For two weeks, Florentino does not write letters to Fermina. At the end of the second week, however, he arrives at her house uninvited. Fermina composes herself and welcomes him inside, but Florentino, seized suddenly stomach pains, fears that he will not be able to control his bowels, and begs Fermina to let him see her the next day. Puzzled, Fermina sets a date to see him later. He returns to see her, and during the visit, Fermina receives a letter Florentino has sent her. Florentino asks that she not open that particular letter, for he had written it to excuse himself from the embarrassment of his last visit. Fermina complies, and invites him to return whenever he likes.
When Florentino returns to Fermina's house, he alludes to their past and upsets her. She returns the letters he has written her, and when he asks if he may return the following Tuesday, she replies that there would be no sense in his visiting again. Despite her reaction, Florentino returns, and his visits become weekly. Once more Florentino refers to the past when he recalls the camellias he had given Fermina in their youth. She does not get angry, but blushes, and they laugh.
The novel's final chapter explores the ideas of death and aging. The death of Dr. Urbino serves as the catalyst for her cordial reunion with Florentino, which Florentino has long anticipated. The song that Florentino hears in the street also relates to the idea of death. The song's lyrics, I came back from the bridge bathed in tears, immediately provoke disturbing thoughts of death, possibly because the lyrics seem to imply thoughts of suicide and intense sadnes. Florentino hears these lyrics and possibly thinks of taking his own life, for he is so burdened with suffering at not yet having received a reply from Fermina.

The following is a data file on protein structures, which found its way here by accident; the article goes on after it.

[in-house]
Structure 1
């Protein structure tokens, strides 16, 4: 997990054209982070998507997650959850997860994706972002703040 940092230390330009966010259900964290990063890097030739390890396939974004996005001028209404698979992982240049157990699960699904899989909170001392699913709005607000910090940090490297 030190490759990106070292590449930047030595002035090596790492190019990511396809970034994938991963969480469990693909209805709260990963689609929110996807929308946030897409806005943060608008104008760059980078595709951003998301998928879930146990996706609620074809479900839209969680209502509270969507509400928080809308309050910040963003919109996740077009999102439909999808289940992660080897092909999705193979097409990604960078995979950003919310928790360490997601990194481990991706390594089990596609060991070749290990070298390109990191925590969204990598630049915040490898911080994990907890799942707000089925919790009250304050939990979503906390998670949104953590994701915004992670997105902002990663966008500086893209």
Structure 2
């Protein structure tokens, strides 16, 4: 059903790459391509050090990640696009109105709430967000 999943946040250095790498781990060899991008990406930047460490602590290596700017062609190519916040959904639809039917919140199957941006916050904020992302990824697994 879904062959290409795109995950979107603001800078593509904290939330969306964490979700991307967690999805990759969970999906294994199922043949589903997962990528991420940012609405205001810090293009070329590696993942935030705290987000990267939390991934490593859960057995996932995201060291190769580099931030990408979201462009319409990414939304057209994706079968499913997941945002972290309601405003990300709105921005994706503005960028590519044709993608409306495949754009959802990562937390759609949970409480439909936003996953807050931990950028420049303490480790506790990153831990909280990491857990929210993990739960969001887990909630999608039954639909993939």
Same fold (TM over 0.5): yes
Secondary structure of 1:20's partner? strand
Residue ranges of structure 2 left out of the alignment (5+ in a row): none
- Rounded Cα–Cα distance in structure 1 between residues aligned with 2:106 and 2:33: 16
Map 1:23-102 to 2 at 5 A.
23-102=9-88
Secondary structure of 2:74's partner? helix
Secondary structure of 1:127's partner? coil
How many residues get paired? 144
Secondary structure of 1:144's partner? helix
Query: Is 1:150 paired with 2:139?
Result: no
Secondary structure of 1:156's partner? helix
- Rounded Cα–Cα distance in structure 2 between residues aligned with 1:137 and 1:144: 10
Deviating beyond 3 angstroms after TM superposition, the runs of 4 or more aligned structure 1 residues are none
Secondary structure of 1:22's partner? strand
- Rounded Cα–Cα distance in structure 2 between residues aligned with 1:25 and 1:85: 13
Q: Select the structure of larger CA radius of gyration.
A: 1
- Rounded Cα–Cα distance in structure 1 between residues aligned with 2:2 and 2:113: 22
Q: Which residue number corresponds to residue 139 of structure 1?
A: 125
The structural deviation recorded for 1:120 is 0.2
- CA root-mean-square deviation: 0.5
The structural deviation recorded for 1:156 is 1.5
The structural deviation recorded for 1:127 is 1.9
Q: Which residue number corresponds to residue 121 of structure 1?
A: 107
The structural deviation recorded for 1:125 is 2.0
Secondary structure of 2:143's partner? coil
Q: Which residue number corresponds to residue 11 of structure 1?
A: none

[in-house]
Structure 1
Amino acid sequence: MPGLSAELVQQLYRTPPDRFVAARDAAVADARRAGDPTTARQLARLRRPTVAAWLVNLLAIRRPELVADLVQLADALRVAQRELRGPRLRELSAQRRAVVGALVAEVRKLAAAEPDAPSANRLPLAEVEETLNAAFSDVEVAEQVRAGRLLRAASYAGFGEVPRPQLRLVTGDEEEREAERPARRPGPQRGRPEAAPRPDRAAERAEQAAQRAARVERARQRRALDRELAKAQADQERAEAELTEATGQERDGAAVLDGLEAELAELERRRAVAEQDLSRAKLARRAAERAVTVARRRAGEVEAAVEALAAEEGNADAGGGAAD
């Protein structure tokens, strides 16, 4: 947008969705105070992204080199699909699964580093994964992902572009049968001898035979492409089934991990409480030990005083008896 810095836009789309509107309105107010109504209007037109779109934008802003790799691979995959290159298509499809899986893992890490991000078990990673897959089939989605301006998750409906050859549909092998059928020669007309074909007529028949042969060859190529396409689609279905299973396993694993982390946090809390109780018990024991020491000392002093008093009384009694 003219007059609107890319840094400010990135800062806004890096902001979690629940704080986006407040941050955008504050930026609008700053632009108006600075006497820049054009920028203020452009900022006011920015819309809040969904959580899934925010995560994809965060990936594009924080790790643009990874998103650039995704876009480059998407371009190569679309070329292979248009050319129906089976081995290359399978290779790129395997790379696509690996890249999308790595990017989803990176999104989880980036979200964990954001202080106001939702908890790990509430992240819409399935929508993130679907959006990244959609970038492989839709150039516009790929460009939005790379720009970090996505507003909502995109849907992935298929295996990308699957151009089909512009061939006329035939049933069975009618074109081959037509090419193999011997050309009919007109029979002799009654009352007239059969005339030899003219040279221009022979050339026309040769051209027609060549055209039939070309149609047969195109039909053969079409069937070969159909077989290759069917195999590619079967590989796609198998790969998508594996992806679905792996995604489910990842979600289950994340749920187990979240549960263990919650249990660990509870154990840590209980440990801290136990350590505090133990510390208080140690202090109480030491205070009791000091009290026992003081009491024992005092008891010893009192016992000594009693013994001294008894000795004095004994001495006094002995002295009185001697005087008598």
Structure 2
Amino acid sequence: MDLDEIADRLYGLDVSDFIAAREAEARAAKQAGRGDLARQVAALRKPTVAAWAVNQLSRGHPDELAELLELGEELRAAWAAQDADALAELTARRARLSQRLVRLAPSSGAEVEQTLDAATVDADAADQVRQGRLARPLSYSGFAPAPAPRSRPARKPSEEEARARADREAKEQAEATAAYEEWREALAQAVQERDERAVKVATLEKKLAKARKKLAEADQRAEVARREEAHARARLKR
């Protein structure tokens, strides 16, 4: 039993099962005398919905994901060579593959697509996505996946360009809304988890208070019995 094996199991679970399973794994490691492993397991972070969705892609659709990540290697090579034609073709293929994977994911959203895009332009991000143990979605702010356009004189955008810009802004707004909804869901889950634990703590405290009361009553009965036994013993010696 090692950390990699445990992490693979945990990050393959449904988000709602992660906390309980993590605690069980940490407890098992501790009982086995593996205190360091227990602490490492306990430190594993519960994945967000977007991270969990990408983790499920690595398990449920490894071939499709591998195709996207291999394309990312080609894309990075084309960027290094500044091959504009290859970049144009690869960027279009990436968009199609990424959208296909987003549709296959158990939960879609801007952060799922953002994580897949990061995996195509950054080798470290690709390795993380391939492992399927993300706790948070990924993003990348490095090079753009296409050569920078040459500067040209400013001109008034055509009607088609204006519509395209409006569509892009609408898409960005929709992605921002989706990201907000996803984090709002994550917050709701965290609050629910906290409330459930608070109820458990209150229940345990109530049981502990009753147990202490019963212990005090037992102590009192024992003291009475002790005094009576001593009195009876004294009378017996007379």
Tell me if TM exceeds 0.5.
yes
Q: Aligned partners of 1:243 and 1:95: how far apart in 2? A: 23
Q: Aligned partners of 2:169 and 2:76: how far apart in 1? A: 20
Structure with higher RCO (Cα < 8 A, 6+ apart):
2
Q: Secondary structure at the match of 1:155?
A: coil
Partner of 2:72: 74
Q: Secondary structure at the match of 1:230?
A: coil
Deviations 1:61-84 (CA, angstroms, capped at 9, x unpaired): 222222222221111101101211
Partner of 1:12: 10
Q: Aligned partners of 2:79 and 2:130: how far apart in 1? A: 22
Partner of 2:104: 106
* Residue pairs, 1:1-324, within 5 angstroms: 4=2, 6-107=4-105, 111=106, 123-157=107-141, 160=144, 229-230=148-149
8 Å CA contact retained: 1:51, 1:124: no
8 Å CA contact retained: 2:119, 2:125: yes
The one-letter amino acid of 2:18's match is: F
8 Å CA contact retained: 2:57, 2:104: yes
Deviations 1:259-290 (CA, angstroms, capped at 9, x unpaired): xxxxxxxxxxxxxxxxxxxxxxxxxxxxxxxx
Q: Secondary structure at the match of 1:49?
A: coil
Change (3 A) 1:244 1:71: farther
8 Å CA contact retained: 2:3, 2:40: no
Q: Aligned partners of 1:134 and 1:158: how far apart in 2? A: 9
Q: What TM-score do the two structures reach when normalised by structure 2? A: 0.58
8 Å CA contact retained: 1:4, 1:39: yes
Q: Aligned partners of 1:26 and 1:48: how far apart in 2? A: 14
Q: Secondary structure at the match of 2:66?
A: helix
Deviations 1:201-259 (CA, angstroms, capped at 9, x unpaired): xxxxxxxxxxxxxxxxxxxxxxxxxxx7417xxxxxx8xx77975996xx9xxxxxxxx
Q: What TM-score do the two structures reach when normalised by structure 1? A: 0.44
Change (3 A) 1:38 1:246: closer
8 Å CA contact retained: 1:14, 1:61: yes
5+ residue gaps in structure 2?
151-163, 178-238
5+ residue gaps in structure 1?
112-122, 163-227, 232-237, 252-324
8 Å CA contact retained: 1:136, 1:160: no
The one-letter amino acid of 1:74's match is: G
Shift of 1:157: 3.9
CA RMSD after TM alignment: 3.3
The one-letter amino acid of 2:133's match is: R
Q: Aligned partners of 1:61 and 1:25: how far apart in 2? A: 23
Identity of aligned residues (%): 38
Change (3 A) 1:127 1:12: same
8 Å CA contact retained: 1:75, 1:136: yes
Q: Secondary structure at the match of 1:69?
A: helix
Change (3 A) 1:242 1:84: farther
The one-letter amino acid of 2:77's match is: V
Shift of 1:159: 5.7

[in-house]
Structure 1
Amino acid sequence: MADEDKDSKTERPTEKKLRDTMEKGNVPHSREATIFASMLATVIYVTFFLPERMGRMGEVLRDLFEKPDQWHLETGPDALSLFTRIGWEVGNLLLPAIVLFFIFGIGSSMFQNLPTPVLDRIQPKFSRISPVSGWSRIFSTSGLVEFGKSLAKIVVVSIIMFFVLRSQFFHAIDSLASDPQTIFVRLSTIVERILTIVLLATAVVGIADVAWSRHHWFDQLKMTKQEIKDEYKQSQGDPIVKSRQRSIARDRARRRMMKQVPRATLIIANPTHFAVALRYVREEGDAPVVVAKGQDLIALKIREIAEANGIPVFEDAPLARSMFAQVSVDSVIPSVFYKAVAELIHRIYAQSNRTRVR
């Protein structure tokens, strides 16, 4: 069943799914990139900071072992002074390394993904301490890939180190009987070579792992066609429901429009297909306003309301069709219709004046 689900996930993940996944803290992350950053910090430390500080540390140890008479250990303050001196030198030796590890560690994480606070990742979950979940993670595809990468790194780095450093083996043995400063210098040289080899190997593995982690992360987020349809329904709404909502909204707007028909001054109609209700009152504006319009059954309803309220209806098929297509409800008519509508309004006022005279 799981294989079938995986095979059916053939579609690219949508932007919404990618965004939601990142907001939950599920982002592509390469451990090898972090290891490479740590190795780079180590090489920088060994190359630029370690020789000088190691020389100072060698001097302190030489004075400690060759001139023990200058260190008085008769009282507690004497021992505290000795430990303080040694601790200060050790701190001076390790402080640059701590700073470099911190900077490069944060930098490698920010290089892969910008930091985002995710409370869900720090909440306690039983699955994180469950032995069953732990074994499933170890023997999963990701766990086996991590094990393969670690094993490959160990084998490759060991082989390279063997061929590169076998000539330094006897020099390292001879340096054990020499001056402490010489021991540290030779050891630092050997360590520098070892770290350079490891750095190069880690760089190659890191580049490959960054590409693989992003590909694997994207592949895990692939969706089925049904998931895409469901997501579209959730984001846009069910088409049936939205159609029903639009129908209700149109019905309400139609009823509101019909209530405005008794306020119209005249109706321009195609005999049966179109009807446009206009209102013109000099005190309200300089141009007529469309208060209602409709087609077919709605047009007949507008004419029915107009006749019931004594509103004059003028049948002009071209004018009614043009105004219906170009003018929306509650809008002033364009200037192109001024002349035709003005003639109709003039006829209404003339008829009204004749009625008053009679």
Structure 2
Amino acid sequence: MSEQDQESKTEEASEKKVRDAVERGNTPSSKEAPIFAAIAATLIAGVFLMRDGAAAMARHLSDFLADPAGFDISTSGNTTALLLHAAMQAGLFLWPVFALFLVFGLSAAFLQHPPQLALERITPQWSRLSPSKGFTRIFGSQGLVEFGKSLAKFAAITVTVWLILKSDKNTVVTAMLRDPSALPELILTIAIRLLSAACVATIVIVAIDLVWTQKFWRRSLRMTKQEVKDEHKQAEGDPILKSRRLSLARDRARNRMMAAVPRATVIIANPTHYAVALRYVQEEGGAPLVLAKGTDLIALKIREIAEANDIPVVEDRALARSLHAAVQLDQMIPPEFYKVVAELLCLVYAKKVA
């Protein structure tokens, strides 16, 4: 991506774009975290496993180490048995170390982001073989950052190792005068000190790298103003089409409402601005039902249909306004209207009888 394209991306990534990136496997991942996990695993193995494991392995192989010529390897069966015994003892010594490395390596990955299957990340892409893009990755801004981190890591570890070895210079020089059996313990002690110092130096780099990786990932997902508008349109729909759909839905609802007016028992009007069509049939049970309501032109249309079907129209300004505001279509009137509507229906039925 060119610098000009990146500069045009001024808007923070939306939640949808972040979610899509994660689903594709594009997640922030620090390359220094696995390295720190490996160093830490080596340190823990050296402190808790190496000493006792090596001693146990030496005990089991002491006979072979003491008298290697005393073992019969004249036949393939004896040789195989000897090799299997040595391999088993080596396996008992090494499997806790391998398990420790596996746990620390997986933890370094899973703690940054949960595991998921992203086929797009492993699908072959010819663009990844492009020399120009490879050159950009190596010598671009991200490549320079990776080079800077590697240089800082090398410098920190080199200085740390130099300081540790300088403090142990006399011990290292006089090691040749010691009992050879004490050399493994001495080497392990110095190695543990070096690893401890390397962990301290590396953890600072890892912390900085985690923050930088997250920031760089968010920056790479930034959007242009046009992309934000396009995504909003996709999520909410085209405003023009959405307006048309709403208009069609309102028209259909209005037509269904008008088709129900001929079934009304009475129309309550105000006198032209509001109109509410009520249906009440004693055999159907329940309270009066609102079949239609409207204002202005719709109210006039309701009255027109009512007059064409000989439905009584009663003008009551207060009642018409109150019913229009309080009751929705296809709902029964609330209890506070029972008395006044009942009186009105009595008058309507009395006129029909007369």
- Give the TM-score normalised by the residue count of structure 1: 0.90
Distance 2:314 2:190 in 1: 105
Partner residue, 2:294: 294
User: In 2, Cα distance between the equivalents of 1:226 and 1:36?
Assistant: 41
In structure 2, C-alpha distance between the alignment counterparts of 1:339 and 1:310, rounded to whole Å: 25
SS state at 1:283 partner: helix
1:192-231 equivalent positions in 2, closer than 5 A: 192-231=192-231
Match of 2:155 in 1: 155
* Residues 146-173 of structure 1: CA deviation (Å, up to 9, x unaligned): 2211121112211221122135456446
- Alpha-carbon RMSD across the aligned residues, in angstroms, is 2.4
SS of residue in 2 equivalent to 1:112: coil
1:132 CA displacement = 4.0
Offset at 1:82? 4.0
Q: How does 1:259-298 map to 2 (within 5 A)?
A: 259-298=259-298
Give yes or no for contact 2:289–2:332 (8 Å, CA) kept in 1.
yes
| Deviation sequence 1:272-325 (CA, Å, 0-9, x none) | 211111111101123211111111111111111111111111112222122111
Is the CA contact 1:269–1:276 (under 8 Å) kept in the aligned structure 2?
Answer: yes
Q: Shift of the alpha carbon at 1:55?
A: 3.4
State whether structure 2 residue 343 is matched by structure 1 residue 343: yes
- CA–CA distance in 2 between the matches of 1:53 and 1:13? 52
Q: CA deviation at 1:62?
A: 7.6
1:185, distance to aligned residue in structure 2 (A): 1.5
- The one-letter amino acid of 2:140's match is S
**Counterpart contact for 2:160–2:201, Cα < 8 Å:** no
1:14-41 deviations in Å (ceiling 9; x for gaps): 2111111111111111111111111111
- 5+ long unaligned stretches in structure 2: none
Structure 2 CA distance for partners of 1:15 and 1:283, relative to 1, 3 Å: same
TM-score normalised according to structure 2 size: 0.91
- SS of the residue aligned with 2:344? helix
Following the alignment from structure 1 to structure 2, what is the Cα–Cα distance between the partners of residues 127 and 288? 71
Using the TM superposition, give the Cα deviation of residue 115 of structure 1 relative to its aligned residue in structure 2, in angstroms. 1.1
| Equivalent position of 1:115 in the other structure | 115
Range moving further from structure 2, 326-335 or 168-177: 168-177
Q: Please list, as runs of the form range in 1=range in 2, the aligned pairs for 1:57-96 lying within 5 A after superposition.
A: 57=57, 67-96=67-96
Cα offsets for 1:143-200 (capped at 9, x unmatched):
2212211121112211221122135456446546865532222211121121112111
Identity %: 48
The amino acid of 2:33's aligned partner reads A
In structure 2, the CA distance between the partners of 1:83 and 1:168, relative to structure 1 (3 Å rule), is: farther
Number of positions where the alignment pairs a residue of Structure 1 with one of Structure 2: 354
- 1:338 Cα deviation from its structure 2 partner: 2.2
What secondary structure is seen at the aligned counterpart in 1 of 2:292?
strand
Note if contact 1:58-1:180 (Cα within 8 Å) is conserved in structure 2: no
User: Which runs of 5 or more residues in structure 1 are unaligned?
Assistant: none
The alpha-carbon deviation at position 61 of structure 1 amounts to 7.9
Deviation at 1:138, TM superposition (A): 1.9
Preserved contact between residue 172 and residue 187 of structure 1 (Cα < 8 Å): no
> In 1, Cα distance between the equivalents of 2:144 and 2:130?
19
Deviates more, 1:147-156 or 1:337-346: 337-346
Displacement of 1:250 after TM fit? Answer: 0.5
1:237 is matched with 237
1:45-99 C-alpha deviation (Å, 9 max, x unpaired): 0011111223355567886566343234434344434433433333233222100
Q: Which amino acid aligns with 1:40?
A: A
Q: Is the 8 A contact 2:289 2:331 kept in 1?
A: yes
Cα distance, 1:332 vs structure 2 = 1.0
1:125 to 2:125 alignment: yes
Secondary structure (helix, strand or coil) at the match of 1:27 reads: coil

Florentino's character is directly associated with death after he has finally received Fermina's reply. He lies absolutely still in bed, "more dead than a dead man," for he is stunned both by her vicious prose and that she had bothered to reply at all. Indeed, a part of Florentino is dead upon receiving Fermina's reply, for any hope of immediate reconnection with her has been ruined by her curses. Florentino is growing very old, as is Fermina, and must now suffer the injustices of old age, as he once had to suffer the injustices of his youth. There is much bias against the elderly, and there exists a hurtful stereotype that any older person is limited, both in physical and mental capacities. When América laughs at Florentino's sober news that he intends to marry, she cannot take him seriously only because he is an old man, and in her own view, and in popular belief as well , old men (and women) simply do not — cannot — marry; for to be in love after mid-life seems against some unwritten social rule, and is therefore regarded as a mere joke.
by Trevor4274, August 17, 2012
Notes on Chapter Two contain an error. Florentino Ariza is not the man with whom the girls held lotteries to hang out with, until he saw Fermina Daza; that was Dr. Juvenal Urbino. See the first paragraph in Chapter 3 to see where this sentence refers to the latter.
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by gogogidge, May 07, 2013
Actually, women held lotteries to hang out with both men. When Florentino is introduced in chapter 2 Marquez mentions this on page 54. Then again, on page 105 (the first page of chapter 3), the lotteries for Dr. Urbino are mentioned.